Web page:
3D sub-images resolving respiratory motion were successfully reconstructed from the continuously acquired CMRA imaging data. The estimated motion along the SI-direction from the sub-image co-registration as well as the 1PC and 3PC self-gating signals showed high variability among the four subjects (Fig.3). The sub-image displacement curves were similar to the signals using 3PC in terms of shape and trend, while a different trend typically was seen in 1PC. The PSDs were highly consistent in the range of respiratory frequencies (Fig.4). On average, the correlation coefficients were 0.43± 0.056 for 1PC and 0.90±0.022 for 3PC (Fig.4). In Figure 5, the SI-motion signal from image-based navigation and corresponding end-expiratory sub-images consistently suggest respiratory drift over time.


The observation that the respiratory self-gating signals corresponding to 3PCs, rather than to 1PC, showed a closer correlation with the SI-motion signals extracted from co-registration of 3D sub-images may suggest that using 1PC for self-gating is an over-simplification in some cases. In three subjects, the 1PC signals did not account for cranial drift seen in the sub-images (Fig.3). Ideally, there would be a one-to-one correspondence between the sub-image displacement and the self-gating signals’ amplitudes in Figure 4. However, this might not be easily achieved due to the hysteresis of respiratory motion16, system imperfections and residual cardiac motion affecting the co-registration. In order to understand which type of respiratory self-gating signals best describes the respiratory-induced displacement of the heart, the resulting image quality of respiratory motion-resolved or motion-corrected reconstructions remains to be compared. Future work will also incorporate spatio-temporal correlations for improved sub-image quality, optimization of the image registration and exploiting 3D motion for binning.


The respiratory self-gating signals created from three rather than from one principal component showed a better correlation with SI-motion signals obtained with image-based navigation. This suggests that respiratory self-gating using 3D sub-images or multi-component PCA should be further explored to guide reconstruction of continuous free-breathing whole-heart acquisitions.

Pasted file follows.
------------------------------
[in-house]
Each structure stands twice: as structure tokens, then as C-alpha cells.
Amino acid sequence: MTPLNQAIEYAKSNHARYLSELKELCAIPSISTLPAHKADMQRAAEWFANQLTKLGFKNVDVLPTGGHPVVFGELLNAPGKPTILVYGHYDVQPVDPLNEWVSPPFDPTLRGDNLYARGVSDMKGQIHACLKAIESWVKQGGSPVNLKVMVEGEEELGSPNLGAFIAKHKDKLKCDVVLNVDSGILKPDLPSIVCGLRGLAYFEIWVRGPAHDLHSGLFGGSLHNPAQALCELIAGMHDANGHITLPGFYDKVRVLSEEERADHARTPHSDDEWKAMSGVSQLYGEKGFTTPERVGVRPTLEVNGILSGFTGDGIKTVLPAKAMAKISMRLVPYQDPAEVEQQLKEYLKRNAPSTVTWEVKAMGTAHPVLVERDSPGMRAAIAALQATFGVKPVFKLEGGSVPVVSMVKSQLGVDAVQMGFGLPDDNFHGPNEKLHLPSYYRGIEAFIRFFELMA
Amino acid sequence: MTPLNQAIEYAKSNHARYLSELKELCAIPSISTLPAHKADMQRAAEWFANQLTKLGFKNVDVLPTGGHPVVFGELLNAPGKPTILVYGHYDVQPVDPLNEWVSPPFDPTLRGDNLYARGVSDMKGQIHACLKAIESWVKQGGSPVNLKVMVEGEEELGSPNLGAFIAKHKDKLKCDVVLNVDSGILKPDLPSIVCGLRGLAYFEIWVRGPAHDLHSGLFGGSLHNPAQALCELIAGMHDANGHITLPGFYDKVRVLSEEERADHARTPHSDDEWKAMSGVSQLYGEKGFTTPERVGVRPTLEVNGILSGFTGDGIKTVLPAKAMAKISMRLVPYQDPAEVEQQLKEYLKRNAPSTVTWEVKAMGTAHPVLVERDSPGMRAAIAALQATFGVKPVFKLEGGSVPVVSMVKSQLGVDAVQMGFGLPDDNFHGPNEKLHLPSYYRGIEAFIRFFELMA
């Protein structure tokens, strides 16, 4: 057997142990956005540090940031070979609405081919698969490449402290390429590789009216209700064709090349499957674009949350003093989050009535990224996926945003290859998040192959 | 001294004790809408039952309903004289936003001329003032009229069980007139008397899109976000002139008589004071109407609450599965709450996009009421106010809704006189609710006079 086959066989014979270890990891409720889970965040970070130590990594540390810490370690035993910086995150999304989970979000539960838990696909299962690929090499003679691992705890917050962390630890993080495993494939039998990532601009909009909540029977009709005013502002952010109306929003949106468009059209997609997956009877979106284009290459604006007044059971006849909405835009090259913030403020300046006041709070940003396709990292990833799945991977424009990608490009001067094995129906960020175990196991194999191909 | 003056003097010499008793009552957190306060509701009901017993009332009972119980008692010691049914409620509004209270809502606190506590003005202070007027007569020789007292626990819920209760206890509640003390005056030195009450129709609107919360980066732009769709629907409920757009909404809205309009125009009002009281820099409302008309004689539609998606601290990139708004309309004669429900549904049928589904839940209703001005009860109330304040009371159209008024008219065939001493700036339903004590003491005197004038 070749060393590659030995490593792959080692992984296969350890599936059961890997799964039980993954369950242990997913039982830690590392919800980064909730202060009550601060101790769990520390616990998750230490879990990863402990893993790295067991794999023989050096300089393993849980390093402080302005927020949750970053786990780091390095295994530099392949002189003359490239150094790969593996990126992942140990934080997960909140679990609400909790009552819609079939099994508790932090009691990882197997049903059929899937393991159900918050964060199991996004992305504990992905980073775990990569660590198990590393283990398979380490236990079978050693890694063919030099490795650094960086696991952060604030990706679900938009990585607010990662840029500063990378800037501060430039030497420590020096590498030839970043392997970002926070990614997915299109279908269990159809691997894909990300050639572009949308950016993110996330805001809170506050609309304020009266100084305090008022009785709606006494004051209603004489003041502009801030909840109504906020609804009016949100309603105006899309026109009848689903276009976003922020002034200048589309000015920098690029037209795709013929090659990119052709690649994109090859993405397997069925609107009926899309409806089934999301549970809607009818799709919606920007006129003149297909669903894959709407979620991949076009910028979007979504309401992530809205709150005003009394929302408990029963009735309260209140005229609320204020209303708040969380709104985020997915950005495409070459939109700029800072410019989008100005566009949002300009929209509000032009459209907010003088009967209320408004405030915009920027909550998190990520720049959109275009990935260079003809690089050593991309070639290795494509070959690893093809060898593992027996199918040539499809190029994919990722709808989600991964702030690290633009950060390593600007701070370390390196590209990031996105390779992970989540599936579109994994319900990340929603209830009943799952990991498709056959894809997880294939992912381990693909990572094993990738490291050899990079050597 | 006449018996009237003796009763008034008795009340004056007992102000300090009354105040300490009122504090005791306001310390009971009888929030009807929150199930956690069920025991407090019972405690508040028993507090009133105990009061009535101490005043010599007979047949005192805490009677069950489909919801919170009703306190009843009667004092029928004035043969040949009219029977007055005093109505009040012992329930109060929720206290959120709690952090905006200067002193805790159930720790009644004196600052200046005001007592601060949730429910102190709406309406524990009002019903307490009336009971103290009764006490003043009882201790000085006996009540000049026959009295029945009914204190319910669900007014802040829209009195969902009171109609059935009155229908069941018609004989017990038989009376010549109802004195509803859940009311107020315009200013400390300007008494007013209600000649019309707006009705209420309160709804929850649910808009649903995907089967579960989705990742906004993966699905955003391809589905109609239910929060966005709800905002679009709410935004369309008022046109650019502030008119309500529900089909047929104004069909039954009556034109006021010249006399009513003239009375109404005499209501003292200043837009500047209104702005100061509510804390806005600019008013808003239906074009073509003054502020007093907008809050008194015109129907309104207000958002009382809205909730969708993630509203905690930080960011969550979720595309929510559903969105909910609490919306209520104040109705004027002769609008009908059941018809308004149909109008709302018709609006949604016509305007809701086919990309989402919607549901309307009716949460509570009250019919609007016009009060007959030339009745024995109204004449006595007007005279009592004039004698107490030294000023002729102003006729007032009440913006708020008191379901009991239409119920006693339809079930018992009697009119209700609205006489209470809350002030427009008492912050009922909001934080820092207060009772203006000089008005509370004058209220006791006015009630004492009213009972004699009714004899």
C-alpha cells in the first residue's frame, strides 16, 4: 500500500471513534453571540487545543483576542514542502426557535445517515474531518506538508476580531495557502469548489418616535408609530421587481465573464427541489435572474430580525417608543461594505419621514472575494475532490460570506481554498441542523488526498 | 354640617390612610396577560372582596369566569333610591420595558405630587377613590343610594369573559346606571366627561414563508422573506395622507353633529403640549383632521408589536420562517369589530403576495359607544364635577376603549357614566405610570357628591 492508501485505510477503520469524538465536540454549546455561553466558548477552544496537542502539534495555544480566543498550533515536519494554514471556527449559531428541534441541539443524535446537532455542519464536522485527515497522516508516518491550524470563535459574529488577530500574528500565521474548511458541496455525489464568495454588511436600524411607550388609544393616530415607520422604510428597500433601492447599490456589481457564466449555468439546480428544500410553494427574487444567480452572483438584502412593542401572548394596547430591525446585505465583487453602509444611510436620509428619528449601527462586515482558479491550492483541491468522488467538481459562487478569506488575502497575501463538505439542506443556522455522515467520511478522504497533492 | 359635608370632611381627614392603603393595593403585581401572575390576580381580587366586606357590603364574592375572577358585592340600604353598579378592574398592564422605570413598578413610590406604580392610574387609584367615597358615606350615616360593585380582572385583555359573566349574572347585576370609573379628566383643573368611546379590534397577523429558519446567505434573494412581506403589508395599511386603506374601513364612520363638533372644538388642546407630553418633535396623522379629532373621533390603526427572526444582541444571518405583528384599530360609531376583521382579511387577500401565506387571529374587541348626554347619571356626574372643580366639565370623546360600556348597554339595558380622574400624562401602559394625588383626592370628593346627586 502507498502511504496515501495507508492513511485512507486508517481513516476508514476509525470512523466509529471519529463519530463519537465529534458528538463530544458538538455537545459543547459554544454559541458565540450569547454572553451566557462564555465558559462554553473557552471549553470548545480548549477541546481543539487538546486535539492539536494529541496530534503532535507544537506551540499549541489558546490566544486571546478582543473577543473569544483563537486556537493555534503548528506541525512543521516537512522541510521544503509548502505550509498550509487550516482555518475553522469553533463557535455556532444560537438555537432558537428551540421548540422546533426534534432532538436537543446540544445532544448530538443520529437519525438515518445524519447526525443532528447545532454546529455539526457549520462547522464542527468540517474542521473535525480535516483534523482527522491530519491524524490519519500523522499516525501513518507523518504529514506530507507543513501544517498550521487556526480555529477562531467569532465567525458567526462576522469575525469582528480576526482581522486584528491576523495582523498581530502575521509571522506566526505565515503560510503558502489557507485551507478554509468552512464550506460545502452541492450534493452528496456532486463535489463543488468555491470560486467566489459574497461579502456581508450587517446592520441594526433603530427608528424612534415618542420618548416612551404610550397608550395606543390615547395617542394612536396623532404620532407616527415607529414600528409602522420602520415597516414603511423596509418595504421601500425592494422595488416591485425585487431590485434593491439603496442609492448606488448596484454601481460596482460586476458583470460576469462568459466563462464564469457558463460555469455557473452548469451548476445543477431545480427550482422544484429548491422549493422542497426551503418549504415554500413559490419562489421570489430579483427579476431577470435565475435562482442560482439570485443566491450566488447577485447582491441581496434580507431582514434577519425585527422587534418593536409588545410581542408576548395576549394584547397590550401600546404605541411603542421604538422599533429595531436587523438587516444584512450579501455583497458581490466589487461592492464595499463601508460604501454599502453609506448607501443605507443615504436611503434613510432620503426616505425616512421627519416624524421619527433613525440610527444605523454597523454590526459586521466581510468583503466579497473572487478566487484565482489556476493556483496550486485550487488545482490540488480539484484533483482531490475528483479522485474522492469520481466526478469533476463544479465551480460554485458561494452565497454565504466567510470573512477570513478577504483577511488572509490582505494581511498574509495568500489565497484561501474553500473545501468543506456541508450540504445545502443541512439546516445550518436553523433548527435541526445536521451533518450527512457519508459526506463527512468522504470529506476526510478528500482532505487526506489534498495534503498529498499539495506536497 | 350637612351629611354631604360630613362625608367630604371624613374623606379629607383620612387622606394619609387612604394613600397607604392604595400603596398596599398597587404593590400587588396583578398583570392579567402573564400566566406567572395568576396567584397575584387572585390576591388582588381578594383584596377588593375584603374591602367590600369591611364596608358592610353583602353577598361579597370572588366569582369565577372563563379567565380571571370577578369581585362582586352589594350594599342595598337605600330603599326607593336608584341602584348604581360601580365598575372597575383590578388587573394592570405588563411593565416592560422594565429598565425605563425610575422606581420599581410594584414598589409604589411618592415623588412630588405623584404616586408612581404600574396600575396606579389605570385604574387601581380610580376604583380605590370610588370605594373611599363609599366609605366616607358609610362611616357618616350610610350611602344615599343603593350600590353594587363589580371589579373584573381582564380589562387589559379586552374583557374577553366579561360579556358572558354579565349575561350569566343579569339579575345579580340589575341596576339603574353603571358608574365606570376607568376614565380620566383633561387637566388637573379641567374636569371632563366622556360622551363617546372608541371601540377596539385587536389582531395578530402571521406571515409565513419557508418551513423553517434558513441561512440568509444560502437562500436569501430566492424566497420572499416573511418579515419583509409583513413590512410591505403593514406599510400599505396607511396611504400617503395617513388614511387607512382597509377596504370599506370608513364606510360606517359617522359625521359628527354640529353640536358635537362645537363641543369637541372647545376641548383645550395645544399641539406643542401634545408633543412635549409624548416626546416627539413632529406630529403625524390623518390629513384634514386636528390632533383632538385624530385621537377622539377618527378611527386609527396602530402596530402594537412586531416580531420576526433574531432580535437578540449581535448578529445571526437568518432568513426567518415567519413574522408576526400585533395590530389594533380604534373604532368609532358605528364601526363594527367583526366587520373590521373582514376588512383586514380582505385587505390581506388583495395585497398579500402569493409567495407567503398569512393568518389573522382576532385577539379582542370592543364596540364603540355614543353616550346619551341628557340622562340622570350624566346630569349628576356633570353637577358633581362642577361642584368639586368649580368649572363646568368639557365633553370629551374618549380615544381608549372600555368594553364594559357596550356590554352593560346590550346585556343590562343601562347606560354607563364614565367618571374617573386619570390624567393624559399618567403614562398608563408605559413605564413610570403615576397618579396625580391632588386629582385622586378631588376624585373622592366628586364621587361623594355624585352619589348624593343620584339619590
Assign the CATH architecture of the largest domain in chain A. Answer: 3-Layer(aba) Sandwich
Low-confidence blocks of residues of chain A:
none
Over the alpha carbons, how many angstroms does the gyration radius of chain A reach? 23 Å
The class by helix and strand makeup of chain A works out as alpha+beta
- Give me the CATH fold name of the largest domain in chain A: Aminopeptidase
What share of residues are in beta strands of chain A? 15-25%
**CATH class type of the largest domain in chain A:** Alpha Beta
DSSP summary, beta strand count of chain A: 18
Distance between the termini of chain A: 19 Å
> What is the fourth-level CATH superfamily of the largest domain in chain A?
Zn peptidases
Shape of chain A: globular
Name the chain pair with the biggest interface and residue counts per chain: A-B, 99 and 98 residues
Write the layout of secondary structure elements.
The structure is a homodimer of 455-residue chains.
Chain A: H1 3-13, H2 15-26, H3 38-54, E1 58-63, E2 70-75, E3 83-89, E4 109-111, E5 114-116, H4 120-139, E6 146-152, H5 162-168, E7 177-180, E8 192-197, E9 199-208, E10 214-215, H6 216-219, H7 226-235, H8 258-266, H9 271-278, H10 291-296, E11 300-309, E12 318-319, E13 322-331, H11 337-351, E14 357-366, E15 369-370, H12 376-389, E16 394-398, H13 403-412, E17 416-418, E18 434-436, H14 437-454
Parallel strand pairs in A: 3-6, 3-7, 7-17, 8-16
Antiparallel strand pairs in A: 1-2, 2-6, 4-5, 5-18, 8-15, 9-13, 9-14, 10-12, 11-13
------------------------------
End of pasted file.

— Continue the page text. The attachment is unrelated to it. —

No acknowledgement found.


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Figure 1. Sequence parameters and overview of the continuous uninterrupted free-breathing bSSFP acquisition

All acquisitions were performed using a continuous free-breathing bSSFP sequence with uninterrupted steady state. To achieve fat suppression, Lipid Insensitive Binomial Off-Resonant RF Excitation (LIBRE) pulses were used for water excitation. The k-space sampling followed a 3D radial spiral phyllotaxis sampling scheme designed to enable self-gating by consistently acquiring a readout in the SI-direction every 22nd line.

Figure 2. Overview of two different ways to extract respiratory motion

Two fundamentally different ways of extracting respiratory motion in the Superior-Inferior (SI) direction were utilized in this study. The first method was to perform a rigid translational co-registration of a time-series of reconstructed 3D sub-images to a manually chosen end-expiratory reference position (blue). The second method used Principal Component Analysis (PCA) of the SI-projections (red).

Figure 3. Respiratory motion signals

Respiratory motion signals from all four subjects originating from the difference in SI-position of the co-registered sub-images (blue) and principal component analysis of SI-projections (red = 1 principal component, green = 3 principal components, normalized to [-1, 1] after the signal extraction for display purposes).

Figure 4. Power spectral densities and scatter plots showing the sub-image SI-displacement versus the self-gating signals’ amplitudes

The first column shows the PSDs of the motion signals from the sub-images, the one Principal Component (PC) with the highest energy in the range of respiratory frequencies (1PC) and the combination of the former and the two PCs that explained the most variance in the data (3PC). The second and third columns contain scatter plots depicting how the 1PC and 3PC self-gating signals’ normalized amplitudes vary as a function of the Superior-Inferior (SI) displacement extracted from the time series of 3D sub-images.

Figure 5. Example of subject that presents respiratory drift in cranial direction

Example showing how the end-expiratory level changes over the acquisition time in subject 4. Note e.g. how the position of the liver drifts.

Proc. Intl. Soc. Mag. Reson. Med. 27 (2019)